Ann Lhota said she’s been waiting on Alachua County’s libraries to purchase a book for 40 days.
In mid-August, Lhota, a Newberry resident, requested that the Alachua County Library District purchase “Clinton Cash: A Graphic Novel.”
The graphic novel — which sits at No. 6 on the New York Times best-seller list for hard-cover graphic books — is a story about Democratic presidential nominee Hillary Clinton that suggests she has used her governmental power to achieve personal gain.
It’s inspired by the book “Clinton Cash,” and because of the upcoming presidential election, Lhota stressed the importance of the related graphic novel’s content.
But soon after she made the request, it was denied by members of the library system’s staff charged with reviewing purchase requests.
Lhota said she offered to write a check to the library to pay for the book herself, but she was still denied.
After the denial, the library district purchased “A Child’s First Book of Trump,” a satirical picture book that mocks Clinton’s Republican opponent, Donald Trump, Lhota said.
So now she said she’s angry.
“We want the people to make the decision,” Lhota said of the library’s purchases. She said she’s talked to 20 to 30 people who have also requested the graphic novel.
“If you do not permit one specific book and one specific title,” she added, “then what you’re doing is not allowing the people who pay taxes to make the decision to freely read what they want to read.”
However, Shaney Livingston, the library district’s director, said “Clinton Cash” — the book but not the graphic novel — is already available to the public.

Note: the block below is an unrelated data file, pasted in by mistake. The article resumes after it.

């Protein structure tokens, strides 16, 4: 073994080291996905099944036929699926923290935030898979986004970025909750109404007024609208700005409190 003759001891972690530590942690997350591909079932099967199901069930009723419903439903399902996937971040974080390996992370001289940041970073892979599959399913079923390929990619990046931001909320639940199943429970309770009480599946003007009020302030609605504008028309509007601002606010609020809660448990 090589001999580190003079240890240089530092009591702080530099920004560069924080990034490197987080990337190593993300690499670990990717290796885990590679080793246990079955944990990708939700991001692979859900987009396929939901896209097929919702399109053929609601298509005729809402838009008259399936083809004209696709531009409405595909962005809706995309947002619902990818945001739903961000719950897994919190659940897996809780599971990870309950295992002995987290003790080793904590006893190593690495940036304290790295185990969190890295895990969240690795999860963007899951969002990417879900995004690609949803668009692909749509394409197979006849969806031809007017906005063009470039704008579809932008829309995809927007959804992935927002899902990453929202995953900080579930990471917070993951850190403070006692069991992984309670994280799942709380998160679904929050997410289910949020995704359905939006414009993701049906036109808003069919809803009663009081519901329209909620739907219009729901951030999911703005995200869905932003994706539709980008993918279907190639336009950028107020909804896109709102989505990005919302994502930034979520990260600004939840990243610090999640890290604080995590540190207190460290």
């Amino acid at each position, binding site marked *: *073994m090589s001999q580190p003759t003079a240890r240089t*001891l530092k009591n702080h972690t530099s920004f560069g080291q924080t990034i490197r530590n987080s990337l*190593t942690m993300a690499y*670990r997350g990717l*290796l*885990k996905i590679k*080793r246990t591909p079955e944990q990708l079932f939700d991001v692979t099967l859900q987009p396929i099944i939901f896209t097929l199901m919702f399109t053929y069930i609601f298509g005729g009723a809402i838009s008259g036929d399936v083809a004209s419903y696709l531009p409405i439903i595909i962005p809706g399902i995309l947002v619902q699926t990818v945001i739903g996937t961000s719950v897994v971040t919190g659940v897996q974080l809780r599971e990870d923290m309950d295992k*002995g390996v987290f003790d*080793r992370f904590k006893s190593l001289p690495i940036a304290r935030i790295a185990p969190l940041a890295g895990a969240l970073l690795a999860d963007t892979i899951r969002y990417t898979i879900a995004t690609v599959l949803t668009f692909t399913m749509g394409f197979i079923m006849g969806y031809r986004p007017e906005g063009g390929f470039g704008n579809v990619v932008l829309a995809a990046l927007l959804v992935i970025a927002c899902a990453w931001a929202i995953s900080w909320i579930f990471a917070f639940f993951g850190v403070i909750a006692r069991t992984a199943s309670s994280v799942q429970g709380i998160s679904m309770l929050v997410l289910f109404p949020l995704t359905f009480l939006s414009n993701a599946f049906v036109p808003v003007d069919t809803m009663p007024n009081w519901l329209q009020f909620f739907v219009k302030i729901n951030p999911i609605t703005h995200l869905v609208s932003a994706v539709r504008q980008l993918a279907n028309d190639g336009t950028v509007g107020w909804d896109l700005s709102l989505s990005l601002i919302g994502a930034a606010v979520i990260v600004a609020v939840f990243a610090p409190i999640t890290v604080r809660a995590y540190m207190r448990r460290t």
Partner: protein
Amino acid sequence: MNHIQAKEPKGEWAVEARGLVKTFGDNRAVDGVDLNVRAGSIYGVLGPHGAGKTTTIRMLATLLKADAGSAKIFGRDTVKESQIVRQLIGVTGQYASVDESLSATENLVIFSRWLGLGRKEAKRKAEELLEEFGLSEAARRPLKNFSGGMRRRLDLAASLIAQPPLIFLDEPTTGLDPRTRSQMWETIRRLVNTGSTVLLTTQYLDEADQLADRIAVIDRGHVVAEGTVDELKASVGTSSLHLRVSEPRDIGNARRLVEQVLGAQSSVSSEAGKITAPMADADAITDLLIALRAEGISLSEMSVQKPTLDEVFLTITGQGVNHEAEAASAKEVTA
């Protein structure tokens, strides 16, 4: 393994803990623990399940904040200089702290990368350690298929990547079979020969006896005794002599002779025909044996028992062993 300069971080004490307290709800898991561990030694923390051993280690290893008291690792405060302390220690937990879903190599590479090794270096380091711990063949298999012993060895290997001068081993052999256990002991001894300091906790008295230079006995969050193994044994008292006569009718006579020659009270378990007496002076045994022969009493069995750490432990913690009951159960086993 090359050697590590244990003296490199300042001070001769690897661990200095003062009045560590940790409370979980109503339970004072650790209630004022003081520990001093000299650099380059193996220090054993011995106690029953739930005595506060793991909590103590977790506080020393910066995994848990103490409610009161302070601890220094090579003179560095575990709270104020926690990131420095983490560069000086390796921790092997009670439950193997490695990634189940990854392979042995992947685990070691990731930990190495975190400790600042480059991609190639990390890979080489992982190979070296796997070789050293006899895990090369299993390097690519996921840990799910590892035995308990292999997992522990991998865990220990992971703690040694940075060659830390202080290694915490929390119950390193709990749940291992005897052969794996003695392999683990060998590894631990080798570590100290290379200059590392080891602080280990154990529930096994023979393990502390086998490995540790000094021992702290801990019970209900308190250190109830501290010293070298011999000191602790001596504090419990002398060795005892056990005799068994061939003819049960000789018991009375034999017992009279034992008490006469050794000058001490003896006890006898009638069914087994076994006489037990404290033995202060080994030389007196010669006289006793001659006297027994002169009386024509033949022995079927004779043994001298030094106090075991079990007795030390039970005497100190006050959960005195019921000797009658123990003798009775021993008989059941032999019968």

The graphic novel specifically hasn’t been purchased because it’s a retelling of the original book, Livingston said. Alachua County’s libraries have 11 copies of the book in four different formats: print, e-audio, e-book and CD
“What we try to do is make sure that we have a balanced and fair collection,” she said of the library’s collection policy manual.
Livingston said that of the 39 titles Lhota has requested in the past two years, the library district has purchased 35.
The library system started allowing patrons to make purchase requests a few years ago, Livingston said.
“Not all libraries allow their patrons to be able to put in purchase requests,” she said.
Though public libraries are government entities funded by taxpayers, libraries aren’t obligated to buy a book in all forms, said Clay Calvert, the director of the Marion B. Brechner First Amendment Project at the University of Florida. (In this instance, those forms would be a textual book and a graphic novel.)
“The big rule that would be at play here is that the public libraries would have to be viewpoint neutral when it comes to the selection of books,” he said.
A library cannot discriminate against a book because of its political viewpoint, Calvert said. However, if the content is the same in both versions, the requirement of content neutrality is most likely satisfied, he said.
Meanwhile, Lhota said she has continued to push for the book’s purchase by emailing city officials.
“It’s called freedom of speech and intellectual freedom,” she said. “We as a community want to read this book.”